“It’s the number one thing for them, they need healthy food to grow.”
Nusaibah Shatta, a mother of three, joined dozens of her neighbors in Hamden at a local elementary school on a rainy Friday night in April. Inside the gymnasium, United Way started a conversation about a difficult issue, one that academics have labeled “food insecurity.” What we’re really talking about is hunger. And hunger is
real, right here in our own region, in communities that you might not expect—like Hamden.
United Way and leaders at Hamden Public Schools organized the first Community Dinner focused on ending hunger, and residents were able to get candid over a plate of food. Questions prompted discussion about the biggest challenges accessing affordable and healthy food, what resources are needed to solve these issues,
and what we need to do now.
LEADING THE WAY
“These are issues that have been on our doorstep, but it wasn’t really until United Way got involved that we brought the right people to the table who are networked in this work and understand this at a much higher level
than we ever would on our own,” said Jody Goeler, Superintendent of Hamden Schools.
Geoler credits United Way with bringing a wide range of stakeholders together including food providers,
community leaders, elected officials, as well as people who would use the services. The top three challenges identified at the first Community Dinner were: lack of money, high cost of food, and transportation.
Our end goal: identify and end hunger in every Hamden neighborhood and, in turn, close the opportunity gap that it creates in children and adults. Because a hungry student can’t focus in the classroom, and a parent stressed about how they will put dinner on the table won’t be as productive at work. We believe no one should go hungry.
Despite the official end of the recession, hunger continues to grow in greater New Haven. Increasingly, it’s families with children and the working poor who are going hungry. In Hamden, about 1 in 7 residents do not have access to affordable, nutritious food. When you consider the whole state of Connecticut, that number is 1 in 8 adults (CT Food Bank).
Making matters worse, 39% of Hamden families who are low income do not qualify for SNAP (food stamps). Local food pantries and meal programs help those who don’t qualify for food stamps and other government assistance programs, but these fixes alone won’t end hunger. Thousands still go without food.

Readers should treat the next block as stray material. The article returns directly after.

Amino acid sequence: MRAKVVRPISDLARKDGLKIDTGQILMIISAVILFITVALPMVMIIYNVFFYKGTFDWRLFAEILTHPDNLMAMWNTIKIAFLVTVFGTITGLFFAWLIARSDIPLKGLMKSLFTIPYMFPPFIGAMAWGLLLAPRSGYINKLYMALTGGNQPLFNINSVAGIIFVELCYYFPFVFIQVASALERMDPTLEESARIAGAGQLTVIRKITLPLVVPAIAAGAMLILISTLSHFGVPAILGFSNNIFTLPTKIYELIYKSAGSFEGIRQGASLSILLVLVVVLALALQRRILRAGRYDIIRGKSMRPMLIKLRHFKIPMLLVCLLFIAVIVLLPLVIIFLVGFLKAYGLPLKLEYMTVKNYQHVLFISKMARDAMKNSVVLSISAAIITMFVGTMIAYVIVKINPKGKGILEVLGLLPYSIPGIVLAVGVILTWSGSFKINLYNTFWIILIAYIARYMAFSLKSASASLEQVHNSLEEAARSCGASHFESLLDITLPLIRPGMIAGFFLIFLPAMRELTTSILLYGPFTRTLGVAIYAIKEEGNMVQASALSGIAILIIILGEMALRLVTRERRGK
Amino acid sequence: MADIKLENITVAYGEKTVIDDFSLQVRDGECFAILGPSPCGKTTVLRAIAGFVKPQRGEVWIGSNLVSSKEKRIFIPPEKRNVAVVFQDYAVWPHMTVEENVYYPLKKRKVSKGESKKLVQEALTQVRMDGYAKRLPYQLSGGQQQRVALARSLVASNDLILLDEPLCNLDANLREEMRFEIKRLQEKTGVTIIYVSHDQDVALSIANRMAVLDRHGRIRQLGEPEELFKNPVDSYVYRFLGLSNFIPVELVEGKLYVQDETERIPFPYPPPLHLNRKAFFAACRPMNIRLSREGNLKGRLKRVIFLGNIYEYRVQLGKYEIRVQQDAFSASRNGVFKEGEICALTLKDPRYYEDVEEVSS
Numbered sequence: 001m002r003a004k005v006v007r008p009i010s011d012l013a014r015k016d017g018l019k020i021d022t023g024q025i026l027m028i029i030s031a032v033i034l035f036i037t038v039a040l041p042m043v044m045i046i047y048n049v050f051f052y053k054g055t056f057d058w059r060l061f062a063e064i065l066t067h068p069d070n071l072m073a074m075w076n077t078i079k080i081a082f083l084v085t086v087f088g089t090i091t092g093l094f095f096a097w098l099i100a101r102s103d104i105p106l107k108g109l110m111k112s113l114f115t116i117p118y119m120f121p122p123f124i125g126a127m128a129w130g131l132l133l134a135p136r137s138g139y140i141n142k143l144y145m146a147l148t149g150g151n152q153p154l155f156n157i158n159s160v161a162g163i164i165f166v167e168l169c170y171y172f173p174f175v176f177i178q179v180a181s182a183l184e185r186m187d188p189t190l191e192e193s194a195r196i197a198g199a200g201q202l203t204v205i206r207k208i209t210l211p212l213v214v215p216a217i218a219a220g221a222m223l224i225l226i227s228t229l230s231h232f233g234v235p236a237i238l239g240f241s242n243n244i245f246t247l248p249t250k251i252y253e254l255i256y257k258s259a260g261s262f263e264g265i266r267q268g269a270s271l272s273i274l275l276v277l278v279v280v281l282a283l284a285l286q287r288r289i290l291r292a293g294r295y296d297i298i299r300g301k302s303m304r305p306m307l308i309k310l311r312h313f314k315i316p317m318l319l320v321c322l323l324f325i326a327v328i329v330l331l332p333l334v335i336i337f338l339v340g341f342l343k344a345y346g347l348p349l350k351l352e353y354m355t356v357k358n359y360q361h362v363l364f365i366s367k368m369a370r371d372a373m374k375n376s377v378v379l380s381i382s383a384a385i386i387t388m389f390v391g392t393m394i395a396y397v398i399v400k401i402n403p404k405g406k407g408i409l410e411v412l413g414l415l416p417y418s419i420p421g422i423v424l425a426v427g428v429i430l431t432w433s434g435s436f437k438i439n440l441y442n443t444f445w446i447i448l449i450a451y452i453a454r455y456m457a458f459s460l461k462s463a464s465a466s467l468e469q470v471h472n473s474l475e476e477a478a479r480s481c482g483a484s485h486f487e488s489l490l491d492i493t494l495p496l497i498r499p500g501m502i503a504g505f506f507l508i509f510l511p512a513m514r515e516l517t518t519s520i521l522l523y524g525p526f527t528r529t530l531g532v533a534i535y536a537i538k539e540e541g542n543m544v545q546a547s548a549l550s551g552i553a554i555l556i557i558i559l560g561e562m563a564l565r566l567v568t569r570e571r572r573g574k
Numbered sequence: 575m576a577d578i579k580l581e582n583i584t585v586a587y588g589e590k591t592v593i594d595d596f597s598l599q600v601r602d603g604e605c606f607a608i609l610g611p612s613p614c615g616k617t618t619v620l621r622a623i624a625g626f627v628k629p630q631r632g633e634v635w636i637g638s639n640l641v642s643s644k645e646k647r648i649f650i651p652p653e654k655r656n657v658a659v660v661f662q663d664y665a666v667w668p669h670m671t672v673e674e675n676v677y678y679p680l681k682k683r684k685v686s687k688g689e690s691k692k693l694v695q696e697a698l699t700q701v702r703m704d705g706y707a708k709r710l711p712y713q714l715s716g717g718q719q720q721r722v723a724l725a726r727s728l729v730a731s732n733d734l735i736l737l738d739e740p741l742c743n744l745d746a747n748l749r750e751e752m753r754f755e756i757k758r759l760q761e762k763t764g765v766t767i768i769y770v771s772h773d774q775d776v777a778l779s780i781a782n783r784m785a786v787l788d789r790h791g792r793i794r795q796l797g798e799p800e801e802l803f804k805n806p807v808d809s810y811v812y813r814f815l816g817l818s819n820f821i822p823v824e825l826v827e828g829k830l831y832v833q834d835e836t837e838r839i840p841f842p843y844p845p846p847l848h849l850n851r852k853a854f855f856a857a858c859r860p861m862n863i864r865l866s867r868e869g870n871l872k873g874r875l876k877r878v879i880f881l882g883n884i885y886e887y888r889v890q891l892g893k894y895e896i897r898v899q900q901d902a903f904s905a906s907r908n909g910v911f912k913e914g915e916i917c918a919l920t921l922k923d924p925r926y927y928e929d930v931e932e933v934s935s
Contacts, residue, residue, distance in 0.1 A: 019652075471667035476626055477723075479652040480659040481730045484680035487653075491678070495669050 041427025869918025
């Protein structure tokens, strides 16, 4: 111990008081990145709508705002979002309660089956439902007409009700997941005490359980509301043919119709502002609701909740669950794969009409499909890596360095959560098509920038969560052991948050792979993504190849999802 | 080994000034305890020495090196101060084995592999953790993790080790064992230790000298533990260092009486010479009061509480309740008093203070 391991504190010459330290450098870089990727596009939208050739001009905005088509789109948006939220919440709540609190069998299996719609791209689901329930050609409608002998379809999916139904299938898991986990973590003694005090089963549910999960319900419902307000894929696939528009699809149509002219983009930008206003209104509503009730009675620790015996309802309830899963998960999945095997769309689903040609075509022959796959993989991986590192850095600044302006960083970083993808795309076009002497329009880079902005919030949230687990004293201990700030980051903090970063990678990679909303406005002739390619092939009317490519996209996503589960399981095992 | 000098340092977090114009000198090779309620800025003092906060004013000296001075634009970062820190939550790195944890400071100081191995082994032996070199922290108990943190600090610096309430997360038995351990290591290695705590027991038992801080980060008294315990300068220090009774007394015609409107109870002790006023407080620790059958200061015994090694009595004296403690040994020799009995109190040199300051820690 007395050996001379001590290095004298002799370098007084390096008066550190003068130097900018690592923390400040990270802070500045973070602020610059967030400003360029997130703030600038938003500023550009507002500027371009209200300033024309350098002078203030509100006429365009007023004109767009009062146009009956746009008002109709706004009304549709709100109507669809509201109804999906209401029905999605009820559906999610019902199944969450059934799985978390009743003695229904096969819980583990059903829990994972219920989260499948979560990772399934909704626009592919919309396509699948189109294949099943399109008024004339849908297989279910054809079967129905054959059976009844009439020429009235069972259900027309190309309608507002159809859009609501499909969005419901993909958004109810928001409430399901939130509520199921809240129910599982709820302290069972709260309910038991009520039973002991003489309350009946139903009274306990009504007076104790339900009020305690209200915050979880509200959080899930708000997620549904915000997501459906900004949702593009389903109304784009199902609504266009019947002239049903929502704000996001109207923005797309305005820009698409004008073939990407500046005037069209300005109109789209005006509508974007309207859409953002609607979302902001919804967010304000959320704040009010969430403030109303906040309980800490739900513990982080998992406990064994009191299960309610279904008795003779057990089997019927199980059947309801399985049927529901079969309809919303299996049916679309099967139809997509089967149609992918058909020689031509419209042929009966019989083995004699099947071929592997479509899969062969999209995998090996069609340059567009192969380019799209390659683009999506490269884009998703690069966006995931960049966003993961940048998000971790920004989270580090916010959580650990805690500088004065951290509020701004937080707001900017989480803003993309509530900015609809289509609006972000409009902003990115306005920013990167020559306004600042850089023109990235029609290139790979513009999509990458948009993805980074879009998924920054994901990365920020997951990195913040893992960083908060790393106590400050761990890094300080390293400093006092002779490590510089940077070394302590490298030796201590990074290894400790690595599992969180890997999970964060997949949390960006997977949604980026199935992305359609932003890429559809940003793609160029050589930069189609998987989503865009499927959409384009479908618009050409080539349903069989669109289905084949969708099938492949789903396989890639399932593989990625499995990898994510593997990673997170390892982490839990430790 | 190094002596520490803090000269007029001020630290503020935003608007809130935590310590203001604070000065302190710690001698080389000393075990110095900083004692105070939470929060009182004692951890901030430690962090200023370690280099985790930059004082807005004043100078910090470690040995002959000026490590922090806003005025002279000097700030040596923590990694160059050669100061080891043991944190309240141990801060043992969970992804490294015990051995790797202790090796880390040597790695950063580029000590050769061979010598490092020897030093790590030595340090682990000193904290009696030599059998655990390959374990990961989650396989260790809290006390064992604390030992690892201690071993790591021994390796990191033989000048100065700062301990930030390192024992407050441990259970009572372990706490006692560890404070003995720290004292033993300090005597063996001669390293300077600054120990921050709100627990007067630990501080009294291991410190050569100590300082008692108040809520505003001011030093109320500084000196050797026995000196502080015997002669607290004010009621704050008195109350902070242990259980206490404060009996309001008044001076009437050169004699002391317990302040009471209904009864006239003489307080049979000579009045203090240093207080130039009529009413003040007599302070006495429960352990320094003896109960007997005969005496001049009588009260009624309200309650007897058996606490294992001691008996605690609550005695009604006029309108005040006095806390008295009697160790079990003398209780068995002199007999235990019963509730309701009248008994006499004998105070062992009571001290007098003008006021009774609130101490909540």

So, that’s why we are starting here in Hamden. Because too many residents go without, and this town is ready for change. Using what we’ve learned at the first Community Dinner, as well as surveys we collected from over 60 school personnel and 200 parents, we know this is not a new issue.
Nearly half of students in Hamden schools receive free or reduced lunch. And 60% of teachers and school leaders surveyed say they keep food in their classrooms or offices to feed hungry children. We know that families are forced to make difficult choices when they are not financially stable. When we asked parents what they could do if they didn’t have to spend as much on food for their families, 40% would be able to save for emergencies and 71% would catch up on bills, like rent or mortgage.
TURNING IDEAS INTO ACTIONS
In collaboration with the schools, we’ve expanded summer meal service in Hamden. We secured additional mobile food pantry locations in Hamden that will connect families to groceries, including a location in southern Hamden staffed by United Way volunteers that will be available year-round, not just during summer months. In addition, we helped set up backpack programs in two schools so students have nutritious food over the weekend. This is just the beginning of the on-the-ground work already taking shape.
We will continue to engage and listen to residents to gain insight through more community conversations. From there we will compile a comprehensive data report to take to policy-makers and develop long-term solutions. We know those deeper solutions to address financial stability for families won’t be found overnight.
Ending hunger will take more than food. For long-term sustainability we need to combat all of the social issues
that contribute to the problem in the first place, and coordinate and leverage resources more effectively. It’s difficult but important work that can make a lasting impact. And, as we learn more about what works in Hamden, we can replicate those solutions in other communities where we know hunger also persists.
“We have a long way to go, we’re all on the same train, and we’re going to stay on the train until we get to the
destination,” said Superintendent Goeler.
For Nusaibah, this intentional mix of preparation and tangible progress gives her hope. For her, optimism started with a seat at the table.
“I think it’s so important. That’s why I came. I hope we find a solution for this problem.”
Ending hunger is a big goal, but we know that people can only live their best lives if they are fed.